I actually think the "sacred, purity, beauty" line is pretty easy to defuse, so long as you're willing to bring up some examples of vulgar acts. The problem is that most people are unwilling to discuss the vulgar - but sanitizing the issue hurts the Christian argument. I think there's a direct comparison again with the pro-life movement - imagine if pro-lifers thought bringing up abortion or 'killing infants' was rude, so they spoke in terms of how they 'are against certain reproductive health strategies'. They'd be blown out of the water. The frank talk, the vulgar talk, is necessary.

There's another, larger problem specifically with this particular leg of the strategy that is looming and needs to be addressed. I'll write about that more later, since I use this blog mostly to sketch out my thoughts on this crap.

darrenl said...

I usually have no issues talking to fact, that in the end, the homosexual act is attempting to use the human digestive system as a reproductive system...which is biologically incoherent. I always keep the topic steered in that direction and ask, "what is your biological case for the homosexual act. Tell me what purpose semen has in the large intestine?". At that point...since they have no reason...that's usually when the conflating of love and sex comes into the conversation. After that, my take is "what's love got to do with it?", and usually they get even more emotional and get extremely illogical.

If the conversation get's this far and they haven't called me every name in the book, natural law comes in. At this point, the person usually does not want to talk to me anymore. I once had this discussion with a "I'm OK, you're OK" homosexual pastor and after the discussion he said, "To hell with natural law"...and there it is.

Crude said...

I think natural law is fantastic here, but really, I think straight up "anal sex as an act of love" talk packs a serious punch too. I don't even mean talking about it in a demeaning sense, but not beating around the bush. The idea that someone's sexual likes and habits, so long as they're consensual, are A-OK shatters the moment you actually start examining the acts in detail.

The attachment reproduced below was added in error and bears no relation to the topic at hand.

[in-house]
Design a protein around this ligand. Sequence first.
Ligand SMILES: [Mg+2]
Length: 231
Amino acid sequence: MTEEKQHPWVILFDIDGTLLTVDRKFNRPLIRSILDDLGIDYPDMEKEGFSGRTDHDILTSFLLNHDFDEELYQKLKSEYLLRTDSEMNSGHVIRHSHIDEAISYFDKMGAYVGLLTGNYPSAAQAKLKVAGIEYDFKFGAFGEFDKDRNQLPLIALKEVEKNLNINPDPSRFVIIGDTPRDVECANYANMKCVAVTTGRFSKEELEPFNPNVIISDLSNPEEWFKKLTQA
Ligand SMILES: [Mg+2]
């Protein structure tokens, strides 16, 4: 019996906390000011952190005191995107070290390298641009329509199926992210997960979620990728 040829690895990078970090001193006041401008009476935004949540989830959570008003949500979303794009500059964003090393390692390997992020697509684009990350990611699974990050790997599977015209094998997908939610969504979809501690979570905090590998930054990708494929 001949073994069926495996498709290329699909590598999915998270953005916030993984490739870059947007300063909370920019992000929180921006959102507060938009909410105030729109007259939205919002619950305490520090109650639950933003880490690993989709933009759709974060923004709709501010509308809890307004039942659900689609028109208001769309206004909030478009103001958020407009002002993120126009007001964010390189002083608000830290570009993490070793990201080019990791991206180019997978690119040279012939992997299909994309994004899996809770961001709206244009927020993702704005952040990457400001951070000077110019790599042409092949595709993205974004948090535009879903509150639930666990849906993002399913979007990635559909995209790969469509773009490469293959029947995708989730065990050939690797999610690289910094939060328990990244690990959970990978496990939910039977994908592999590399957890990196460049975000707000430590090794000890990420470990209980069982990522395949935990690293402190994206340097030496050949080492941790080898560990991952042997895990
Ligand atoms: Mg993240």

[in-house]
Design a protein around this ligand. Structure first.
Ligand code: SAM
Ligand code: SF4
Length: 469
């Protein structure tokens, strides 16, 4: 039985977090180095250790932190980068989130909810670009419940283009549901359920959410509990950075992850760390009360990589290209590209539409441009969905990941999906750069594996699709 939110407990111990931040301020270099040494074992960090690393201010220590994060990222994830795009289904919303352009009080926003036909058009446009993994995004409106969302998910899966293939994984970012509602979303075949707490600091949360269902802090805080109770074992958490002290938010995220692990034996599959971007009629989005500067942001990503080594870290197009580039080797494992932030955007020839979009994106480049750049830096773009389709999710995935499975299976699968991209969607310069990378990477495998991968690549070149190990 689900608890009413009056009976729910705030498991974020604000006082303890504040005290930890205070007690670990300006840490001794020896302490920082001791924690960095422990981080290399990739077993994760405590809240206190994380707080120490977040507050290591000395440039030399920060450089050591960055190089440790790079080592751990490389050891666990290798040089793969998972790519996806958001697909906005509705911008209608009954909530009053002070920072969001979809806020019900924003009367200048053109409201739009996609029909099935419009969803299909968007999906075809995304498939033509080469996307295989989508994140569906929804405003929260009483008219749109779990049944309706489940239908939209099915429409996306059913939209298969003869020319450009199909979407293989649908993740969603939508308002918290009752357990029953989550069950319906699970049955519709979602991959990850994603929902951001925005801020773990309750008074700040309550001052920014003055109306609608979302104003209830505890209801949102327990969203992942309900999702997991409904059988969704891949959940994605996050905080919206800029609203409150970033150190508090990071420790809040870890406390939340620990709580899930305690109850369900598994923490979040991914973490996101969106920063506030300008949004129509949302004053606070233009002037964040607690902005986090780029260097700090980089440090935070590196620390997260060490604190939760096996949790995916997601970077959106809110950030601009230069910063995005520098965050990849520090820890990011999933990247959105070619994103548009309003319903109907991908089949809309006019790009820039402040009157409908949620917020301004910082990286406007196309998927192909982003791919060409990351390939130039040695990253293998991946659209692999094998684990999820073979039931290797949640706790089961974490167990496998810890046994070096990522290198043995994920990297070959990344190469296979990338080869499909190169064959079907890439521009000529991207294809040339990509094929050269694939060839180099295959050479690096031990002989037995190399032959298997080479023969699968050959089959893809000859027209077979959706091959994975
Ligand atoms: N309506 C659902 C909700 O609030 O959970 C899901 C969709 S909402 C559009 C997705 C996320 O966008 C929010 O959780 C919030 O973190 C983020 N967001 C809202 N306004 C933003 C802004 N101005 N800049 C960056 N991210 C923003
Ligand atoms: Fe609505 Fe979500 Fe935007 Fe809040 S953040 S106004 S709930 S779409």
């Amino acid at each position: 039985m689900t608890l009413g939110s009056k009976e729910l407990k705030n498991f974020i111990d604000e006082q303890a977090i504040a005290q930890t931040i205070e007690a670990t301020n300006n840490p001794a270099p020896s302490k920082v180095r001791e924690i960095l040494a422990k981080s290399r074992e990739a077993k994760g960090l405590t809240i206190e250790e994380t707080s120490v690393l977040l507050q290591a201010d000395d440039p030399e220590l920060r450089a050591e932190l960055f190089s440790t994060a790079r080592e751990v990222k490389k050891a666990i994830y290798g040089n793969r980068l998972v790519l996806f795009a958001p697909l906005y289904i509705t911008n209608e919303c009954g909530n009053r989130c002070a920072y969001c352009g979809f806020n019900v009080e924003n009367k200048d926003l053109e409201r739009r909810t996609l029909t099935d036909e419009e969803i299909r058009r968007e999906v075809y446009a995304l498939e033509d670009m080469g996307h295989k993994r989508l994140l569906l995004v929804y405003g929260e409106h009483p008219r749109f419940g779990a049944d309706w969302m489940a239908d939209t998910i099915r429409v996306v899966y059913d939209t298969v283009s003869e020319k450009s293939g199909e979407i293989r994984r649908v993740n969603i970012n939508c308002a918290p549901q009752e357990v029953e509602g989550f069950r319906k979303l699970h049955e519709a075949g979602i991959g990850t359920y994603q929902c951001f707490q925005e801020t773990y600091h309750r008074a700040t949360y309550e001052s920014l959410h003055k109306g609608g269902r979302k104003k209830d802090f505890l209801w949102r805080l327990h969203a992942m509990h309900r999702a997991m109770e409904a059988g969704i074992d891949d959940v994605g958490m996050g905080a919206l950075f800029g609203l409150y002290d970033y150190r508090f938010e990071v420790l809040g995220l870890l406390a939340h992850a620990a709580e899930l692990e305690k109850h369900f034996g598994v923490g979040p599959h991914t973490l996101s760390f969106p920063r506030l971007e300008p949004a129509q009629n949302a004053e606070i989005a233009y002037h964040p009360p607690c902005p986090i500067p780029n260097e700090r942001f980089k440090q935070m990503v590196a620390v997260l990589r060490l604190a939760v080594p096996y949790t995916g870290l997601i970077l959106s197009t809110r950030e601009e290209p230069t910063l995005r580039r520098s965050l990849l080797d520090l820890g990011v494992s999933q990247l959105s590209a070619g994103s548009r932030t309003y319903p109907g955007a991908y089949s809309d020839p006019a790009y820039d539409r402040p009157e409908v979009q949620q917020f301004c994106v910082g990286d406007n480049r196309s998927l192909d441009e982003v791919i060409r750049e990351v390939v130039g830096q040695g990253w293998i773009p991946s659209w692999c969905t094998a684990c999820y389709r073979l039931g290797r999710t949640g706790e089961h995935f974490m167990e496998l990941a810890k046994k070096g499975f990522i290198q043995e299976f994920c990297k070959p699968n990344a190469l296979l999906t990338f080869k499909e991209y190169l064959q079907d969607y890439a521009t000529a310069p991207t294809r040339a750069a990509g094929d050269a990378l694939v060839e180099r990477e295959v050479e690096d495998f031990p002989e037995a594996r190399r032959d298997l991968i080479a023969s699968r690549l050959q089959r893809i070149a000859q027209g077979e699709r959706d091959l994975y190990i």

And yeah. One reason the issue fascinates me is because it is the example of an issue that people have changed their minds over, and it having absolutely nothing to do with argument. In fact, pro-SSA people do their damndest to avoid actual argument and conversation. In the event an argument about the deeper details starts, my experience is that people do their damndest to scuttle the conversation on the spot.

darrenl said...

Oh...they not only want to "scuttle" the conversation, they want to make any and all opposition conversation illegal, that's the fun part. Just disagreeing with their world view is considered a criminal act in their eyes. During that same discussion with the gay pastor ( was in a forum and I was outnumbered at least 20-1...), he told me that not only did he want to see the opponents of homosexuality defeated, he wanted them humiliated, publicly flogged, and ruined.

What I find fascinating about this is that the metaphysical and biological case against homosexual acts is as iron clad as any argument can be. This gives strength to the argument that we're dealing with a deep psychological issue here. Even more fascinating is that they've convinced others that their mental issues are perfectly "normal", despite it being the ultimate mind/body disconnect.

Crude said...

Well, if you're talking natural law, it's not just 'homosexual acts' - anal sex even among heterosexuals get axed too by the same arguments. And I think a lot of the blame falls on Christians - I outlined some of the mistakes I think were made, and it largely has to do with Christian responses.

You say that metaphysical and biological cases against these things is ironclad. I agree, or at least I'd agree the actual arguments that can be rallied are pretty damn powerful. But notice that nothing I outlined referred to any bad arguments. That's because, I really believe, arguments had nothing to do with this. It wasn't as if SSA advocates made some persuasive intellectual case, and Christians didn't know how to defuse them. Arguments were pretty much irrelevant to the transformation.